Chronic Obstructive Pulmonary Disease (COPD)
COPD (Chronic Obstructive Pulmonary Disease) is the third leading cause of death in the United States. More than 11 million people have been diagnosed with COPD, but millions more may have the disease without even knowing it.
Chronic Obstructive Pulmonary Disease (COPD) is a preventable and treatable disease that makes it difficult to empty air out of the lungs. This difficulty in emptying air out of the lungs (airflow obstruction) can lead to shortness of breath or feeling tired because you are working harder to breathe. COPD is a term that is used to include chronic bronchitis, emphysema, or a combination of both conditions.
COPD can be caused by many factors, although the most common cause is cigarette smoke. Environmental factors and genetics may also cause COPD. For example, heavy exposure to certain dusts at work, chemicals, and indoor or outdoor air pollution can contribute to COPD. The reason why some smokers never develop COPD and why some never-smokers get COPD is not fully understood. Hereditary (genetic) factors probably play a role in who develops COPD.
Shortness of breath, cough, and/or mucus production, that does not go away, are common signs and symptoms of COPD and indicate the need for a visit to your health care provider and evaluation for the need of a breathing test called spirometry. Spirometry is a simple test that measures airway obstruction.
The first and most important treatment in smokers is to stop smoking. Medications are usually prescribed to widen the airways (bronchodilators), reduce swelling in the airways (anti-inflammatory drugs, such as steroids), and/or treat infection (antibiotics). COPD can also cause the oxygen level in the blood to below; if this occurs, supplemental oxygen will be prescribed (see ATS Patient Information Series Handout on Oxygen Therapy). Breathlessness, however, will happen with COPD even if you have good oxygen levels (see ATS Patient Information Series Handout on Breathlessness) Breathlessness is therefore not a good guide for oxygen use. To control symptoms of COPD, your breathing medications must be taken everyday, usually for life. Surgical procedures such as lung volume reduction surgery or lung transplantation may be helpful for some cases of COPD (see ATS Patient Information Series Handout on Surgery for COPD).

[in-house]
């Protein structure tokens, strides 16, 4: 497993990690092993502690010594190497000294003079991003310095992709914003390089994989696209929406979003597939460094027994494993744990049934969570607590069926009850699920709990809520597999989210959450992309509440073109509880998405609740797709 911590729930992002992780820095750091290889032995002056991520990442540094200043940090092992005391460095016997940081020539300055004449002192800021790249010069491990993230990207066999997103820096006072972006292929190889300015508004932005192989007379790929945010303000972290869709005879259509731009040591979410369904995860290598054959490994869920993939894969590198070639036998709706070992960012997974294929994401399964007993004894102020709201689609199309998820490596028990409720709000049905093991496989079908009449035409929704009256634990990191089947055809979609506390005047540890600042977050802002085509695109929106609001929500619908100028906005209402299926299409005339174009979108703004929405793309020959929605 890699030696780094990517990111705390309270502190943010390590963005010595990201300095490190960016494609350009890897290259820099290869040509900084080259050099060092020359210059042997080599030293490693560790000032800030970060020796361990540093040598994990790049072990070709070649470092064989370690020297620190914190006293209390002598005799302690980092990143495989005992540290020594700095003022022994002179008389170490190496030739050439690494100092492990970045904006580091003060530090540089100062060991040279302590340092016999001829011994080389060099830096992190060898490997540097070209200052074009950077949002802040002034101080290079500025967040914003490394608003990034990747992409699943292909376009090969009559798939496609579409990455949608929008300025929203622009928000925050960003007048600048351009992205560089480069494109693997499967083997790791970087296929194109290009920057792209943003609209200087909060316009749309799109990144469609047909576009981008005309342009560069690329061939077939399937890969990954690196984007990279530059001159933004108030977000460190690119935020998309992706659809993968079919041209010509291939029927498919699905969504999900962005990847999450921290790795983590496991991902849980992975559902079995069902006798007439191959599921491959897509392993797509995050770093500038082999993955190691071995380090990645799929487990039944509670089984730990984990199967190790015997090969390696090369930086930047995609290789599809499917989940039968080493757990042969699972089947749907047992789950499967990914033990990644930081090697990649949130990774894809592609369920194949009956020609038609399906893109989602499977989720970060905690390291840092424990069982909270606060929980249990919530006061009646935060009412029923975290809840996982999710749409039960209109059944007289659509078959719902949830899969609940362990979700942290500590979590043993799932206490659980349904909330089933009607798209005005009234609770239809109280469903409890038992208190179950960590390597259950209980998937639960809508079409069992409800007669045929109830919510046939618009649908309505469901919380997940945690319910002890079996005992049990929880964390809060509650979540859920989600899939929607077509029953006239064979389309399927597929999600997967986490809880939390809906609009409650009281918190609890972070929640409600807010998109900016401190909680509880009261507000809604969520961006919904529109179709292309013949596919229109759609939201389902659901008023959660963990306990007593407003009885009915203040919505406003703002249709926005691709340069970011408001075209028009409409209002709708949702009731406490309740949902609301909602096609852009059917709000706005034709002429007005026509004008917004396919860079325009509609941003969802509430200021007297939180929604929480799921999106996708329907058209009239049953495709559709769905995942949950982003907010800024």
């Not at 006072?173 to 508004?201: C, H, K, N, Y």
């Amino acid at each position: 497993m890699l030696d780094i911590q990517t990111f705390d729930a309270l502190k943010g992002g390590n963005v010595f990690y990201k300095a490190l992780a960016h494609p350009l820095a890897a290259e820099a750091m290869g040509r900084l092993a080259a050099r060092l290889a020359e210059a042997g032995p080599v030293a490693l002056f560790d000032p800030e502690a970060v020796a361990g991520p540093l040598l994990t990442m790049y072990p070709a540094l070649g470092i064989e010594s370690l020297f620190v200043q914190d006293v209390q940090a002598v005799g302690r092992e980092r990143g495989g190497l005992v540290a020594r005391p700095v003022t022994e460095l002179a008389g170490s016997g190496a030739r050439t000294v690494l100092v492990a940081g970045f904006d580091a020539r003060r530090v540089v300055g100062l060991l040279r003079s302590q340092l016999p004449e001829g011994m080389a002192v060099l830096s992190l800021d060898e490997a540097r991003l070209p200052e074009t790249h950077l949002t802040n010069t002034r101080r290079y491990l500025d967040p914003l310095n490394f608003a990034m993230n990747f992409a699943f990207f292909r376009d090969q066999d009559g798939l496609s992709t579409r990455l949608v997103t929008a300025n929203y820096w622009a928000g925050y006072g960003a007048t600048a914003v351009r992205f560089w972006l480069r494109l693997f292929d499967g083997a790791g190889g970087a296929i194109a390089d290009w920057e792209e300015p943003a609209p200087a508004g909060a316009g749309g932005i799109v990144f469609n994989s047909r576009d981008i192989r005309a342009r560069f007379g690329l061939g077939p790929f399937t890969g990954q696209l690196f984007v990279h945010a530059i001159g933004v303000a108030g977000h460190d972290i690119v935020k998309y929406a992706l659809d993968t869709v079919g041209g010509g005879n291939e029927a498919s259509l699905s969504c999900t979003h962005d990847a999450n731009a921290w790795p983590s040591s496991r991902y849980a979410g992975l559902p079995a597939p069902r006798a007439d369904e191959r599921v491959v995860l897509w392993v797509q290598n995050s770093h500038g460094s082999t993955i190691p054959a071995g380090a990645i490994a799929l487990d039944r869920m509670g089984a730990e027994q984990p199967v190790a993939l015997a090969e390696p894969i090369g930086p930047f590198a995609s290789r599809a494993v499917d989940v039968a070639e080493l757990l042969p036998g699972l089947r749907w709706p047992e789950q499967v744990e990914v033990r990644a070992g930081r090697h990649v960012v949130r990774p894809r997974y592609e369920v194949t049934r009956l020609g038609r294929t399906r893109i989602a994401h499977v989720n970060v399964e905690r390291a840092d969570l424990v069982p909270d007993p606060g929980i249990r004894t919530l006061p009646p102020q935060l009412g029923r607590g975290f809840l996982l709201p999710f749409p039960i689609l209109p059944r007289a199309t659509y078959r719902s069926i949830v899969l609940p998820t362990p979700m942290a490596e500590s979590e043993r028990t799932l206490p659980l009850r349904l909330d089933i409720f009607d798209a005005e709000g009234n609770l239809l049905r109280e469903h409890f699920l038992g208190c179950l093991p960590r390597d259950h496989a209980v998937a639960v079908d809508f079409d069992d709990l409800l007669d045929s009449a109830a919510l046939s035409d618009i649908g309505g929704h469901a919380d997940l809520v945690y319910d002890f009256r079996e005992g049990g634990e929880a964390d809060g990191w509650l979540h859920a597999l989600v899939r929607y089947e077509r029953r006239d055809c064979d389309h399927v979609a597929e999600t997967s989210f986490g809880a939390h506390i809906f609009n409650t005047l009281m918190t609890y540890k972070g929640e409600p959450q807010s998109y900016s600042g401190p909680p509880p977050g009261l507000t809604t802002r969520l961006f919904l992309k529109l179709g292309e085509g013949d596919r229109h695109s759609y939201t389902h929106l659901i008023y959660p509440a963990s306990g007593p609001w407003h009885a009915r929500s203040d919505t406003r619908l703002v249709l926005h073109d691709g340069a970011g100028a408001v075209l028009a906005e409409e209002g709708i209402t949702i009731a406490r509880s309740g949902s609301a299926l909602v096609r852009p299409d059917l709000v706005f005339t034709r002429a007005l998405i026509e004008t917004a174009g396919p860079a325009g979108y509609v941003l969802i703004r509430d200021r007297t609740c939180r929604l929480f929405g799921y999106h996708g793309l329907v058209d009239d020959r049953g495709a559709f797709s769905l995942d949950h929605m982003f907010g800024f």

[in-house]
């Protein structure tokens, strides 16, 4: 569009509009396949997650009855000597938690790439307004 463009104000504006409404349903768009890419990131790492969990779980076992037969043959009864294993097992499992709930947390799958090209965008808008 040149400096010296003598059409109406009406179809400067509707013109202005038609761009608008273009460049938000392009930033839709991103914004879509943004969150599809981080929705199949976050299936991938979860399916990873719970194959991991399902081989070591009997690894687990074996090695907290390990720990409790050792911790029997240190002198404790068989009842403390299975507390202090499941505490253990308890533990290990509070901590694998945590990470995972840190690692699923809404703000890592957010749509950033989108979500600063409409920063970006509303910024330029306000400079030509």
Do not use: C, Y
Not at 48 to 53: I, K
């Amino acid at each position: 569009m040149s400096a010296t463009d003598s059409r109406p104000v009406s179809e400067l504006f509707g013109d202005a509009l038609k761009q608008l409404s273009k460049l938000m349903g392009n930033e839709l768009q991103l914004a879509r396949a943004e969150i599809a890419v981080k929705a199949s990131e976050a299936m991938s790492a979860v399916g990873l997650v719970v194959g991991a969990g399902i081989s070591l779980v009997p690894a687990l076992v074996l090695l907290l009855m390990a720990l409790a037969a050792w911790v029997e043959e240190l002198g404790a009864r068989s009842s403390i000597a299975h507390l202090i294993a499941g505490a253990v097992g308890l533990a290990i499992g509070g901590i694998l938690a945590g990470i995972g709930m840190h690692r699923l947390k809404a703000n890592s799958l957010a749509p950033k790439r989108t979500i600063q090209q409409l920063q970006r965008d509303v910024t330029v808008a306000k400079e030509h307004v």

Pulmonary rehabilitation programs offer supervised exercise and education for those with breathing problems (See ATS Handout on Pulmonary Rehabilitation). Support groups are also available for COPD patients for education and opportunities to share experience with other patients and families.
The term chronic in chronic obstructive pulmonary disease means that it lasts for a long time. While symptoms may vary from time to time, the lungs can still have disease, therefore, COPD is for life. While the symptoms of COPD sometimes improve after a person stops smoking and takes medication regularly, symptoms can further improve after attending pulmonary rehabilitation. Shortness of breath and fatigue may never go away entirely, however, patients can learn to manage their condition and continue to lead a fulfilling life.
Healthcare providers diagnose COPD based on both reports of symptoms and test results. The single most important test to determine if a person has COPD is spirometry.
Authors: Suzanne C Lareau RN, MS, Bonnie Fahy RN, MN, Paula Meek PhD, RN
Reviewers: Kevin Wilson MD, Richard ZuWallack MD
Additional Lung Health Information
- Stop smoking and avoid smoke exposure.
- See your health care provider for unexplained chronic cough or shortness of breath.
- Ask your provider about a spirometry test to check your lungs.
The ATS Patient Information Series is a public service of the American Thoracic Society and its journal, the AJRCCM. The information appearing in this series is for educational purposes only and should not be used as a substitute for the medical advice of one’s personal health care provider.